Techniques Used: RNA-Seq, aquatic animal husbandry, best lab practices

Eligible Funding: NIH T35, Boehringer Ingelheim, College of Veterinary Medicine


Project Title: Turning cancer cells against themselves
Mentor(s): Boris-Lawrie
Contact: kbl@umn.edu

Project Description: Our goal is to kill cancer cells by reprogramming their protein synthesis machinery. In the clinic, Torin is used to block tumor protein synthesis and stop the cell cycle in G2/M. Whereas Torin stops tumor growth with good efficacy, tumor growth reemerges when Torin treatment is discontinued. Interestingly, the Torin response is different in healthy cells. The goal of this project is to translate beneficial protein synthesis in healthy cells to kill tumor cells.

Techniques Used: Tissue culture, basic molecular biology techniques

Eligible Funding: NIH T35, Boehringer Ingelheim, College of Veterinary Medicine


Project Title: Immune response to mosquito bite in mice with diverse microbial experience
Mentor(s): Aliota
Contact: mtaliota@umn.edu

Project Description: The saliva of hematophages, including mosquitoes, is a cocktail of potent pharmacologically active components that prevents clotting and causes vasodilation, as well as alters the inflammatory and immune response, to help facilitate blood feeding. Arthropod-borne pathogens exploit this system to infect new vertebrate hosts, and there are many examples demonstrating that arthropod saliva can enhance the replication and pathogenesis of numerous arthropod-borne pathogens. Indeed, this phenomenon was rst described more than three decades ago when it was recognized that the small amounts of arthropod-derived molecules present in sand y saliva could significantly alter Leishmania parasite infectivity. It also has been observed that a history of exposure to uninfected arthropod bites can confer protection on the host, preventing vector-borne infections in some instances. Therefore, saliva delivered to the host by a vector arthropod may have a critical impact on the initial infection in the skin and may modulate the local innate and adaptive immune response. But it is not known why there is heterogeneity in pathogenic outcomes and what role cutaneous pathways play in skewing outcomes towards pathogenesis versus resistance. A critical impediment to understanding the immunologic consequences of mosquito saliva has been the availability of appropriate, tractable animal models, particularly the lack of better mouse models. Therefore, this project will use mice with diverse microbial experiences (“dirty mice”) to characterize the immunologic events in the vertebrate host, which occur during and after blood feeding by mosquitoes, in the skin and systemically.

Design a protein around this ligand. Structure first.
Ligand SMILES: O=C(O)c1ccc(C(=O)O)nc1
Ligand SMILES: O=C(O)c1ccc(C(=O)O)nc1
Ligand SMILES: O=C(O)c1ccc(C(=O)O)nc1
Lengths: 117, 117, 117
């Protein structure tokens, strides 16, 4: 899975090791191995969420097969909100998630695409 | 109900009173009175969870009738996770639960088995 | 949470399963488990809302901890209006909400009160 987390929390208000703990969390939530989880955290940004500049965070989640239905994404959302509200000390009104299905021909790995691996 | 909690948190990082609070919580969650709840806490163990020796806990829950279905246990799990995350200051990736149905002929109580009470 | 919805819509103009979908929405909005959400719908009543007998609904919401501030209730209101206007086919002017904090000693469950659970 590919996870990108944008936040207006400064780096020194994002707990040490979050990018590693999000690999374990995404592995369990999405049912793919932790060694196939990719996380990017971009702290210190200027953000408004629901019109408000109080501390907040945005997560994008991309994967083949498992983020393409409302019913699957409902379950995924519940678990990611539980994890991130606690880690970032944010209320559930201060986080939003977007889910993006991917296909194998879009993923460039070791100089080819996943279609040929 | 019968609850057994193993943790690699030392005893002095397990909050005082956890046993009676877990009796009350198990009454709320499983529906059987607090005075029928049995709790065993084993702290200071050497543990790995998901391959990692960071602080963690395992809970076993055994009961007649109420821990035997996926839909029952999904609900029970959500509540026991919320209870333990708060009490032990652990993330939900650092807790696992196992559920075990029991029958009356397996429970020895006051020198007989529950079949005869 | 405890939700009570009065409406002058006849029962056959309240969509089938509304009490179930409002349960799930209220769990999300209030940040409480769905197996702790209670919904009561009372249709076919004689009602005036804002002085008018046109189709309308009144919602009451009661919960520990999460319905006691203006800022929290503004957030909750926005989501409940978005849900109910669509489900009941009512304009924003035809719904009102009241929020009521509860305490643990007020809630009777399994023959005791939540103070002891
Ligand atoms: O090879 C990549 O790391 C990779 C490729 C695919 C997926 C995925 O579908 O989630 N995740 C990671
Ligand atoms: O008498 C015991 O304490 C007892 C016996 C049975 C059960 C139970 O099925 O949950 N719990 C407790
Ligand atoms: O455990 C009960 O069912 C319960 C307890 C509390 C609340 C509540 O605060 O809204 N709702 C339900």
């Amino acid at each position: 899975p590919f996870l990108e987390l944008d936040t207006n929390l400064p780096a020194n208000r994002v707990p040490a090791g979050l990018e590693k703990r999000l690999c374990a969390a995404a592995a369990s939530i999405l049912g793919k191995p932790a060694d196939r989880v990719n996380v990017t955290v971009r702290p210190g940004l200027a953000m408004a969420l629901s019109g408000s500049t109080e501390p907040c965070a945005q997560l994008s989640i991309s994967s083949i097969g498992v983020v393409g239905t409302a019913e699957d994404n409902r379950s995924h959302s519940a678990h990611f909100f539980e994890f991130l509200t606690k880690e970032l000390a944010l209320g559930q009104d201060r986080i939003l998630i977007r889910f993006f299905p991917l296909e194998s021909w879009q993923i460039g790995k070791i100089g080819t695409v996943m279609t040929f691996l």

Techniques Used: Cell culture; molecular cloning; flow cytometry; classical virology approaches; RT-PCR: Immune assays

Eligible Funding: NIH T35, Boehringer Ingelheim, College of Veterinary Medicine


Project Title: Performance of variant pathogenicity prediction methods in veterinary species 
Mentor(s): Furrow
Contact: furro004@umn.edu